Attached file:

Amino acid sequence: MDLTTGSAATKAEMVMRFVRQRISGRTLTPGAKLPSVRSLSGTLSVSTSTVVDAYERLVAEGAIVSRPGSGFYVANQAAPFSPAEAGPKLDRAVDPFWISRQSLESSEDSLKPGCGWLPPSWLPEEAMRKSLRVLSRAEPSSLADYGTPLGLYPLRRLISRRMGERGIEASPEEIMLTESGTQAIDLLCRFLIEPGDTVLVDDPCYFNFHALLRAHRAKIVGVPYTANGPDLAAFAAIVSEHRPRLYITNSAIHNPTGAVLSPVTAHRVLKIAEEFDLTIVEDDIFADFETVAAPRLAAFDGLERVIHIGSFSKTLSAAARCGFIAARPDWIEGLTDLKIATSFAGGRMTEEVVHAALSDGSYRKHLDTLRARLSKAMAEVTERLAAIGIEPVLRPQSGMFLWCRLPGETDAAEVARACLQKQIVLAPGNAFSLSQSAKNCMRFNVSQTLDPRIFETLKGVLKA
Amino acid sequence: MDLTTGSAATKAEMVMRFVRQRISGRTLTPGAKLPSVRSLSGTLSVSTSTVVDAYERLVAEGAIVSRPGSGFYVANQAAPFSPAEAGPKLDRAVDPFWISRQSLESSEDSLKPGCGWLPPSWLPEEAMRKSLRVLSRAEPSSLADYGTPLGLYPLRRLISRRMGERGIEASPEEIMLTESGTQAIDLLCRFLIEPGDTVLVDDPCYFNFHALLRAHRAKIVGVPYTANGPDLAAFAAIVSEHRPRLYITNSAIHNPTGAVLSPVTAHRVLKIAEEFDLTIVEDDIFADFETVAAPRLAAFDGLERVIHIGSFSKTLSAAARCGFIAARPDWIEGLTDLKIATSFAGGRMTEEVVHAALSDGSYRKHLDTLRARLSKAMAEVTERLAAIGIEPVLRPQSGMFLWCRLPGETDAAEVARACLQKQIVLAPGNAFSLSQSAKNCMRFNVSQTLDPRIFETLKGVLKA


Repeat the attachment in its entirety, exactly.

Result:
Amino acid sequence: MDLTTGSAATKAEMVMRFVRQRISGRTLTPGAKLPSVRSLSGTLSVSTSTVVDAYERLVAEGAIVSRPGSGFYVANQAAPFSPAEAGPKLDRAVDPFWISRQSLESSEDSLKPGCGWLPPSWLPEEAMRKSLRVLSRAEPSSLADYGTPLGLYPLRRLISRRMGERGIEASPEEIMLTESGTQAIDLLCRFLIEPGDTVLVDDPCYFNFHALLRAHRAKIVGVPYTANGPDLAAFAAIVSEHRPRLYITNSAIHNPTGAVLSPVTAHRVLKIAEEFDLTIVEDDIFADFETVAAPRLAAFDGLERVIHIGSFSKTLSAAARCGFIAARPDWIEGLTDLKIATSFAGGRMTEEVVHAALSDGSYRKHLDTLRARLSKAMAEVTERLAAIGIEPVLRPQSGMFLWCRLPGETDAAEVARACLQKQIVLAPGNAFSLSQSAKNCMRFNVSQTLDPRIFETLKGVLKA
Amino acid sequence: MDLTTGSAATKAEMVMRFVRQRISGRTLTPGAKLPSVRSLSGTLSVSTSTVVDAYERLVAEGAIVSRPGSGFYVANQAAPFSPAEAGPKLDRAVDPFWISRQSLESSEDSLKPGCGWLPPSWLPEEAMRKSLRVLSRAEPSSLADYGTPLGLYPLRRLISRRMGERGIEASPEEIMLTESGTQAIDLLCRFLIEPGDTVLVDDPCYFNFHALLRAHRAKIVGVPYTANGPDLAAFAAIVSEHRPRLYITNSAIHNPTGAVLSPVTAHRVLKIAEEFDLTIVEDDIFADFETVAAPRLAAFDGLERVIHIGSFSKTLSAAARCGFIAARPDWIEGLTDLKIATSFAGGRMTEEVVHAALSDGSYRKHLDTLRARLSKAMAEVTERLAAIGIEPVLRPQSGMFLWCRLPGETDAAEVARACLQKQIVLAPGNAFSLSQSAKNCMRFNVSQTLDPRIFETLKGVLKA